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  • Writer's pictureJessica Proctor

The Covid Education Gap

During the peak of coronavirus, children across the globe were forced into home learning through apps such as Zoom and Skype to connect with teachers and classmates. From this, we have seen there was a clear difference in the number of students with access to devices. Some students hosted three to themselves, such as laptops and iPads, while the more unfortunate may have had to share between a household of six, clearly compromising the needs of siblings. The UK government initiated a movement to send out computers to families that ‘qualified’ for free school meals, but it is clear this wasn’t enough. What about those children who didn’t quite hit the threshold to be ‘poor’ by the difference of £1 annual income? What about those who lived in noisy and abusive households and were unable to complete work without headphones? What has corona cost our future economy?

A 3rd of children aged 5-16 did not have access to their own device, according to research by the Sutton trust. It was also more shockingly discovered that students currently in secondary school will miss out on £11billion in earnings over their working lives collectively, due to this disadvantage. Long term impact on lost earnings is three times greater in those of deprived backgrounds. There are so many possible implications from this – will the class gap widen with an increase in poverty? Will there be great inflation in house prices increasing homelessness? The chances of us becoming a capitalist society once again are increasing.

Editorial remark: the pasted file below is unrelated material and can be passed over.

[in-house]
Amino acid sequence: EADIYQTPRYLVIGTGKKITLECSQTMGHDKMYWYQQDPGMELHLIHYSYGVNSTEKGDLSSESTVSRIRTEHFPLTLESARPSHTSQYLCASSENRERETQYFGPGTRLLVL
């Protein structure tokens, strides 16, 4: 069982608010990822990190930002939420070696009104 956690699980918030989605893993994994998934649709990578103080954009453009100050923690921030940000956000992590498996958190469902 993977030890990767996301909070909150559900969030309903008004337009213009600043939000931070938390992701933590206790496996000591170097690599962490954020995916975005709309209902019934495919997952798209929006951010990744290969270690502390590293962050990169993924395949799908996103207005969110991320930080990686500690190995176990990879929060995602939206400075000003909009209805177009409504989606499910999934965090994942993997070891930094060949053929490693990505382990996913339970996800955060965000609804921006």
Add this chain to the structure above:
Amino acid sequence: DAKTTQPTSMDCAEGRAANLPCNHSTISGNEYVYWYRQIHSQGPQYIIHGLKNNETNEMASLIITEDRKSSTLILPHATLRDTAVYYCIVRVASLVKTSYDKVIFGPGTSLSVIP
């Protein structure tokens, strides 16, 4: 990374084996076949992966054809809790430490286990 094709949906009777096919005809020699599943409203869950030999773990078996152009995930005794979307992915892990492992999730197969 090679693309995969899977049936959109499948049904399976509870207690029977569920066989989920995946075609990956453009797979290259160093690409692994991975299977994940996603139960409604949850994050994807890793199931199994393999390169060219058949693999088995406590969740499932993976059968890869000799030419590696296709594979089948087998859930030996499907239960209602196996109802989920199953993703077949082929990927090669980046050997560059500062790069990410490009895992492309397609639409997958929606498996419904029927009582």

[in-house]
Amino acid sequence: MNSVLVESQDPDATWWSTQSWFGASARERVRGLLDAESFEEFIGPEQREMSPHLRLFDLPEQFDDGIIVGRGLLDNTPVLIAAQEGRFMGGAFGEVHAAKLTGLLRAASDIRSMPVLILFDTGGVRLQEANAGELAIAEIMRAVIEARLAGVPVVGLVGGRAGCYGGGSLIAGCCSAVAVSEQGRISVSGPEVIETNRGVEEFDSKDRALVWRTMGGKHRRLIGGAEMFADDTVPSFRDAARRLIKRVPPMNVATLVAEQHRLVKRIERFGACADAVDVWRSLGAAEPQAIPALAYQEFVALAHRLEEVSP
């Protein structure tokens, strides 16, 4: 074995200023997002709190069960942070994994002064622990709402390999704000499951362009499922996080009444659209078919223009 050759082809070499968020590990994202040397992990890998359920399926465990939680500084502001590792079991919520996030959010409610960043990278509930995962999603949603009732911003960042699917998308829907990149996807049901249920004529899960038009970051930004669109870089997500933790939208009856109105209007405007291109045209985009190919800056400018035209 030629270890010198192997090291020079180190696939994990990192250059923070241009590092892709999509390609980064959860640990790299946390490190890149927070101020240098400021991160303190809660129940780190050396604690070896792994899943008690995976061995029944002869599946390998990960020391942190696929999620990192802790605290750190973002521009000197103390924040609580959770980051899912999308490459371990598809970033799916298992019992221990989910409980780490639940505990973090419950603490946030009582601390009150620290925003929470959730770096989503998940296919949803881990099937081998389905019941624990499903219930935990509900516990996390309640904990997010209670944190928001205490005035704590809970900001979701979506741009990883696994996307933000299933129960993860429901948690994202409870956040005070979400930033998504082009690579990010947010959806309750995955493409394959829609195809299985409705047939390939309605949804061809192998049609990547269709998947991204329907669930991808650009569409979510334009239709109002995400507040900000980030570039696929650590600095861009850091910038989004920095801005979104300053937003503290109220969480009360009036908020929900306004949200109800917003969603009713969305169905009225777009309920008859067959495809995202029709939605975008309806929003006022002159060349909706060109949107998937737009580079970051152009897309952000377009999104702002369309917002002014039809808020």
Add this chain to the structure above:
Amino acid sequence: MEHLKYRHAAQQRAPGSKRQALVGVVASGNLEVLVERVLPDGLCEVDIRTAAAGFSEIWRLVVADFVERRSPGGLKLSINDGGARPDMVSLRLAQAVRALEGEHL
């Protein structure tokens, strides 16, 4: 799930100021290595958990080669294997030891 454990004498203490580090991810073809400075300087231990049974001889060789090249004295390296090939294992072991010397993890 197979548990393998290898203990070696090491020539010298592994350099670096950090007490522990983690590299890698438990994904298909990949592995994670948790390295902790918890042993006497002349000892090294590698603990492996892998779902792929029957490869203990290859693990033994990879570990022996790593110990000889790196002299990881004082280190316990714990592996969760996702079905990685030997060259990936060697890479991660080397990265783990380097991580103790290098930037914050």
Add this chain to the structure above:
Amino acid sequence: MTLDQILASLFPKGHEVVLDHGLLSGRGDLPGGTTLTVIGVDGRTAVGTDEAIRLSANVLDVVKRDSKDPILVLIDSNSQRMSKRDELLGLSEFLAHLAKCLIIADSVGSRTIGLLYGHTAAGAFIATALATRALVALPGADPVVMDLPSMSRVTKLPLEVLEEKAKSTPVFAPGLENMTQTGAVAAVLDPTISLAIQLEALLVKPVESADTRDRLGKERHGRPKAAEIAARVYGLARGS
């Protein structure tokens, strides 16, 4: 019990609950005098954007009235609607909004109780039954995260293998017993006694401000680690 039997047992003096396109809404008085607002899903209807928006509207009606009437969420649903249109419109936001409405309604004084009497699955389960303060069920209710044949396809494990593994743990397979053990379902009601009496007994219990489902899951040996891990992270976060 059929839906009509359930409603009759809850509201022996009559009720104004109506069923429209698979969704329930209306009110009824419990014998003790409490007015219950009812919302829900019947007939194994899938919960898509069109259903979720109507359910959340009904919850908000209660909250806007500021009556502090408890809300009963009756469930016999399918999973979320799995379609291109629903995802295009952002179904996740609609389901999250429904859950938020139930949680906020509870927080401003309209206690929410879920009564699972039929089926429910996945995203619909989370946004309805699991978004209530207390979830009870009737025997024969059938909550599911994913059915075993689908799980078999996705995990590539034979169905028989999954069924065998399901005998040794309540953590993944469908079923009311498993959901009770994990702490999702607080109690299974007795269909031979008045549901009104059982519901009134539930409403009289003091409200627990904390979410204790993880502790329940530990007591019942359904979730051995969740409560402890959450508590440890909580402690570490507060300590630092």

However, this is not just a problem in the Uk. In the United States, 35% of low-income households with children don’t have high-speed internet, and in New York, 300,000 students have no computer. This increases significantly within African American and Hispanic families. The predictions for how this will affect the economy are not yet released, however, the data points to it being a huge amount. On a global scale, poverty is set to increase to a great extent as prices rise and incomes fall. Due to the damage corona has already done to our economies, sparking recessions, and creating an influx of strain on our healthcare systems, it is not likely to get better for the next generations. One thing that is for sure, we cannot afford for children to start home learning again at any point.

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